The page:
4. To date, the Bureau has not defined a relevant market based on a SSNDQ type test. Rather, the Bureau has defined relevant markets in the traditional manner using the standard hypothetical monopolist test based on the concept of a SSNIP above levels that would likely exist in the absence of the merger. The Bureau typically considers a five percent price increase to be significant and a one‑year period to be non‑transitory.Footnote 8 Importantly, the Bureau recognizes that market definition is not necessarily the initial step, or a required step in merger review. The ultimate inquiry is not about market definition, but rather about whether a merger prevents or lessens competition. Given this, the difficulties of defining a relevant market in terms of quality do not prevent the Bureau from focusing on whether a merger is likely to create competitive effects, in either a price or a non‑price dimension.
  5. Canadian case law does not require anti‑competitive effects, whether price or non‑price, to be quantified in order to be considered when assessing competitive harm from a merger. However, the Federal Court of Appeal has expressed a preference for quantification "whenever it is reasonably possible to do so" and that "any weight given to the remaining unquantifiable qualitative effects must be reasonable, i.e., it must be supported by the evidence".Footnote 9 The focus, therefore, is an objective, evidence‑based analysis.
  6. In that regard, when reviewing a transaction to determine whether it could create a competition issue with respect to product quality, the Bureau generally considers the following:
    1. The views of customers, competitors and other third parties gathered from market interviews; and
    2. Documents from the merging firms that indicate the important dimensions of competition and the importance of product quality to customers.
  7. If this initial step indicates that product quality plays an important role in the competitive process, then additional analysis could be undertaken to assess and, if reasonably possible, quantify the potential competitive harm from the merger arising along the quality dimension. Such analysis may involve examining the nature of the products that comprise the relevant product market to determine whether there is a substantial amount of variation among the products in terms of attributes, customer perceptions or characteristics. If products are relatively homogeneous in terms of quality, an investigation may focus on determining whether a merger is likely to result in a general reduction in the quality of the products of the merging firms.Footnote 10 If there are a variety of products with each being a perceived distinct quality level and produced by a separate firm, analysis could be undertaken to determine whether the merger would result in either a product being discontinued or whether the merger results in products becoming more homogeneous, such that the overall level of quality available to consumers is reduced. To date, the Bureau has not blocked a merger on quality considerations alone.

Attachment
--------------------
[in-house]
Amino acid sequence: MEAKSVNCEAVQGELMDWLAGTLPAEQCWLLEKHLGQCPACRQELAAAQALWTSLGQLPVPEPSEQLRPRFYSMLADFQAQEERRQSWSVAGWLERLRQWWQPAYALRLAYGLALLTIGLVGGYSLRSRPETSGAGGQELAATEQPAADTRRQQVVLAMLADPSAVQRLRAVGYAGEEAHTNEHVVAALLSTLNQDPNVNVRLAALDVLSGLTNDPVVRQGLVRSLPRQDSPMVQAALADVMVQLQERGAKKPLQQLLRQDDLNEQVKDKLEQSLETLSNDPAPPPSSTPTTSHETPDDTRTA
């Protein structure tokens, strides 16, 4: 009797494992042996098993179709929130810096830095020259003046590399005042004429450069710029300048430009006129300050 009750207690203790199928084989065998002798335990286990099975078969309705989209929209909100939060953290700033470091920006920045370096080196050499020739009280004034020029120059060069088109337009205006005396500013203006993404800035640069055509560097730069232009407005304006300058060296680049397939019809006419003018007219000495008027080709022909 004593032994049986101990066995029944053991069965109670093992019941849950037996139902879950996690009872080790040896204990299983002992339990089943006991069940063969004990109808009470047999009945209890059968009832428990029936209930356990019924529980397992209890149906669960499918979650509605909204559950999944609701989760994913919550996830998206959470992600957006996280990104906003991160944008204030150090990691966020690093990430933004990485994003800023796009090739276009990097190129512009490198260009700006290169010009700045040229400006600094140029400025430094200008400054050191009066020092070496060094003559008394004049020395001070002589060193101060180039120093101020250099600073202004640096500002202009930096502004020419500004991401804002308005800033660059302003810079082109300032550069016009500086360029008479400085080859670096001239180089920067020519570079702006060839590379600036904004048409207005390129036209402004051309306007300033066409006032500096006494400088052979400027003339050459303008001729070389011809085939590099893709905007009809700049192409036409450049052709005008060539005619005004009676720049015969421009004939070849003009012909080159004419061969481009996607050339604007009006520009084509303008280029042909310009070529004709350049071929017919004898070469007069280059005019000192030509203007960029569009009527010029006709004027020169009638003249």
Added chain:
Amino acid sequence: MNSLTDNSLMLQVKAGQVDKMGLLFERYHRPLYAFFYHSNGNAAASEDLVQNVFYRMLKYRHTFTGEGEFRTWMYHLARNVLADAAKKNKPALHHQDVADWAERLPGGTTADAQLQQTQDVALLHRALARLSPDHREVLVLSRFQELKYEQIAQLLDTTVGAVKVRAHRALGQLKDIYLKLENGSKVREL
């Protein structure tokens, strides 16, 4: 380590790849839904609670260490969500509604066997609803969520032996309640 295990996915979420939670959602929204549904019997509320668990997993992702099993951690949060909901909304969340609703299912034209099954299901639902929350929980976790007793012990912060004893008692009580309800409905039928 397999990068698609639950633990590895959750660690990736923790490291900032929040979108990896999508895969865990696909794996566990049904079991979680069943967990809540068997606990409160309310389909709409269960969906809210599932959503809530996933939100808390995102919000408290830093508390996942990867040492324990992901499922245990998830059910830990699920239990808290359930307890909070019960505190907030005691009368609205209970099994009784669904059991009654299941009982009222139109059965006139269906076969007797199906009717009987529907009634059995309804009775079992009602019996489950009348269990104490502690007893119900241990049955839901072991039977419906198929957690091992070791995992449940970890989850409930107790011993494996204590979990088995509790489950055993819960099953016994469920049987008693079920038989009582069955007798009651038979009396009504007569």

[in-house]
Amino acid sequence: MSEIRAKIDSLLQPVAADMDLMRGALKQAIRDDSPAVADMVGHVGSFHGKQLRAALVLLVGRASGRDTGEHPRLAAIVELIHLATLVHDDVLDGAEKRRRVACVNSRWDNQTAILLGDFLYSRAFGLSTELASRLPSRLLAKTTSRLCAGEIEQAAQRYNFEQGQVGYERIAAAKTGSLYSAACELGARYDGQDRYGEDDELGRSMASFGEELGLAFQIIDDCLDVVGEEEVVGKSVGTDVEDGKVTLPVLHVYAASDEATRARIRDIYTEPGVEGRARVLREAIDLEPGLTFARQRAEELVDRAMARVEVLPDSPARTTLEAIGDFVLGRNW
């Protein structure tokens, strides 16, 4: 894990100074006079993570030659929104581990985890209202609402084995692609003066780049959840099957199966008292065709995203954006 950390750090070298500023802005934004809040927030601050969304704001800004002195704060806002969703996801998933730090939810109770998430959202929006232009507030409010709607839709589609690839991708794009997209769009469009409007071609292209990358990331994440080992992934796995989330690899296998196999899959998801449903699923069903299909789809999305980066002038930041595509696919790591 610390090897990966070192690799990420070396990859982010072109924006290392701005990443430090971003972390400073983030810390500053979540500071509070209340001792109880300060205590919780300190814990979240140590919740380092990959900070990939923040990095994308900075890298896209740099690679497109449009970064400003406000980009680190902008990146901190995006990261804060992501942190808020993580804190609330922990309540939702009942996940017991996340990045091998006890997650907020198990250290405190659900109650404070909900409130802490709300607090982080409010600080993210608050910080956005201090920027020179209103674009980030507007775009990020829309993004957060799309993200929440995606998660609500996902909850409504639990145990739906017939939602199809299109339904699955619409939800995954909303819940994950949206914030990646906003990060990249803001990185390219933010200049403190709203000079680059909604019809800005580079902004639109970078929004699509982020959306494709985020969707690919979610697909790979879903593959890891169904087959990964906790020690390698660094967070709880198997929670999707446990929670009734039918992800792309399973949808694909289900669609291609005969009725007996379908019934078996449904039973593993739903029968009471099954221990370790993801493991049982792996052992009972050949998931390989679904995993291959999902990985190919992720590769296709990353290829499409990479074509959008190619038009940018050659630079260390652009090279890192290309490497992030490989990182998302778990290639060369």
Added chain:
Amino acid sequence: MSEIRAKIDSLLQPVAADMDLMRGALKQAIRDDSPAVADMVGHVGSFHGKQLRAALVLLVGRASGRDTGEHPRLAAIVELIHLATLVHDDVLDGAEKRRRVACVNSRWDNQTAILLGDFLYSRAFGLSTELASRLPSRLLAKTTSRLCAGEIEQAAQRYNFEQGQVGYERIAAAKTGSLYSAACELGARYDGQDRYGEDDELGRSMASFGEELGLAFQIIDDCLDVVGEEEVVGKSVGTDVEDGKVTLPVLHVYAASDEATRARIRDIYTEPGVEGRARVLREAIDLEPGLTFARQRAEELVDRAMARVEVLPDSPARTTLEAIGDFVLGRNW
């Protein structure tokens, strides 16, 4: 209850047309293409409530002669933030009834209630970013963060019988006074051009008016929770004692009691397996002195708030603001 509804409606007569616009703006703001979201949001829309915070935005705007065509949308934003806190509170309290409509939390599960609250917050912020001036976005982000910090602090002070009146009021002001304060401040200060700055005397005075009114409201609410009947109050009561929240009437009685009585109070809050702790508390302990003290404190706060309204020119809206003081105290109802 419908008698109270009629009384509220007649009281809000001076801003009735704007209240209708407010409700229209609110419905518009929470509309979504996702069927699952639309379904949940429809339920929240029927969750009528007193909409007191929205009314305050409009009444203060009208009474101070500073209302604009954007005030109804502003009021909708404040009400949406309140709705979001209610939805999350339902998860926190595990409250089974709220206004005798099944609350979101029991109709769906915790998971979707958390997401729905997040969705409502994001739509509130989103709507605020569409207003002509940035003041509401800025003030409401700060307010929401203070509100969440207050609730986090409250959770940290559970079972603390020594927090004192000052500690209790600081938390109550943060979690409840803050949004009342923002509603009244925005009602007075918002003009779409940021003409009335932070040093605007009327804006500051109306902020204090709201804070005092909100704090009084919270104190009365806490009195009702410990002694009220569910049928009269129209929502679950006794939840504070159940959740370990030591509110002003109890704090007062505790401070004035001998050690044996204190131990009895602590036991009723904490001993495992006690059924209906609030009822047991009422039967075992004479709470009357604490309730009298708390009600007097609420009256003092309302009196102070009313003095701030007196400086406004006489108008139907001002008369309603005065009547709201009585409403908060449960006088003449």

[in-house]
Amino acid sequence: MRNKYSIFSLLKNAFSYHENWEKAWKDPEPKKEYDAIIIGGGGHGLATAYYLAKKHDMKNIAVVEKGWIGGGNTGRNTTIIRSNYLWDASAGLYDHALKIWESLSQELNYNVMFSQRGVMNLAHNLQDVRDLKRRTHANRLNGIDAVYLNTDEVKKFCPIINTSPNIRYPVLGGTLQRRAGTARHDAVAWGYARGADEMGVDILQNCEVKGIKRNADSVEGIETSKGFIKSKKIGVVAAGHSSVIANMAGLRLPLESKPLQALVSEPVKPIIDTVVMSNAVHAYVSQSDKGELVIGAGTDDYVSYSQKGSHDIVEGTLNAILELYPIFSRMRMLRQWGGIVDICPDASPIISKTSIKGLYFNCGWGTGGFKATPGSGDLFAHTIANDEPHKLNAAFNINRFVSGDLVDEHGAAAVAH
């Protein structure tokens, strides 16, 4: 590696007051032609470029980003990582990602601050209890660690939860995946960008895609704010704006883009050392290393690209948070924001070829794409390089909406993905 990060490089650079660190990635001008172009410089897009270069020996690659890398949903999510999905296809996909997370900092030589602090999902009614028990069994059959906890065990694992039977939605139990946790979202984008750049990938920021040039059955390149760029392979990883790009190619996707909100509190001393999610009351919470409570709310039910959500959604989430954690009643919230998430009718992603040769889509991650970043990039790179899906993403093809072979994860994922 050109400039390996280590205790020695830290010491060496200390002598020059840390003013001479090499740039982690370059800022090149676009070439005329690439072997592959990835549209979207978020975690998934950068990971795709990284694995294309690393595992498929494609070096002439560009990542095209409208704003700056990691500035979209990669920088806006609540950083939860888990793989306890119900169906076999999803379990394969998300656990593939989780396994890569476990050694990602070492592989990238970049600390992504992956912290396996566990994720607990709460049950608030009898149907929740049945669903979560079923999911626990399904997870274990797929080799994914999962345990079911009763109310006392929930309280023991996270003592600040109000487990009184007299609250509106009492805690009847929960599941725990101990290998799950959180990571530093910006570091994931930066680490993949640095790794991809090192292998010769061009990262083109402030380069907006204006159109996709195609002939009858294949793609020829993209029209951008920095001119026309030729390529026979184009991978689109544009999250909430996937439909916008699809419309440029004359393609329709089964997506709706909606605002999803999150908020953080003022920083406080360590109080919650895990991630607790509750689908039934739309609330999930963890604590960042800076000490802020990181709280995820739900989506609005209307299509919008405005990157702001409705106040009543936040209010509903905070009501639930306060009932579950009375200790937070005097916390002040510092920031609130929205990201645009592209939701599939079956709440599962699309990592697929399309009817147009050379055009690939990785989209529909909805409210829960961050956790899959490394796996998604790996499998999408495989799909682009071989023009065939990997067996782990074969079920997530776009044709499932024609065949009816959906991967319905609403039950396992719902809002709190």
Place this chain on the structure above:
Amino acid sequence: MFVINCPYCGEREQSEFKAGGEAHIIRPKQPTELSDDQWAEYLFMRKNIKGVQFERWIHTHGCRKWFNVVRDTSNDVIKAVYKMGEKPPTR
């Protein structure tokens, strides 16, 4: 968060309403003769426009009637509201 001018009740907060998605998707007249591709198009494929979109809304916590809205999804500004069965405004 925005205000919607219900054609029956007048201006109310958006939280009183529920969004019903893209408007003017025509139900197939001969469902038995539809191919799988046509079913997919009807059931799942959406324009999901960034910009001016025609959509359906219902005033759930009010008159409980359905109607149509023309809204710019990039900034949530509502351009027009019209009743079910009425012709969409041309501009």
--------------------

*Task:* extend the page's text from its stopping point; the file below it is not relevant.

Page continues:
2.1 Products of similar quality

  1. To be able to assess a merger’s potential effects on product quality, there is a need to first identify the key components that define product quality for the products comprising the relevant market and the metrics that could be used to evaluate the components of product quality. Once these have been identified, a search for evidence could be undertaken to determine whether the quality of any market participant’s product has changed over time. If product quality has been observed to change over an appreciable period of time due to changing market conditions (such as the entry/exit of competitors), this would indicate that quality change is possible and may be a competitive element that could change as a result of the merger. If not, then quality effects may be less susceptible to quantification.Footnote 11
  2. To determine whether it would be practical or feasible for the merged entity to change one or mponents of product quality post‑merger, a merger examination may explore questions such as the following:
    1. What are the likely costs of changing one or more components of quality?
      If quality is costly to change relative to the ultimate cost savings that could be realized, change is less likely (e.g., a shift to cheaper, lower quality inputs could involve retooling/retraining costs).
    2. Prior to purchase, how easily can the consumer discern product quality?
      If quality cannot be easily observed, the merged entity may have an incentive to reduce quality knowing that consumers may not detect the change and substitute with alternative products.
    3. How frequently is the product purchased?
      If it is purchased infrequently, a firm may be better able to decrease quality, particularly if product quality is also difficult to discern prior to purchase.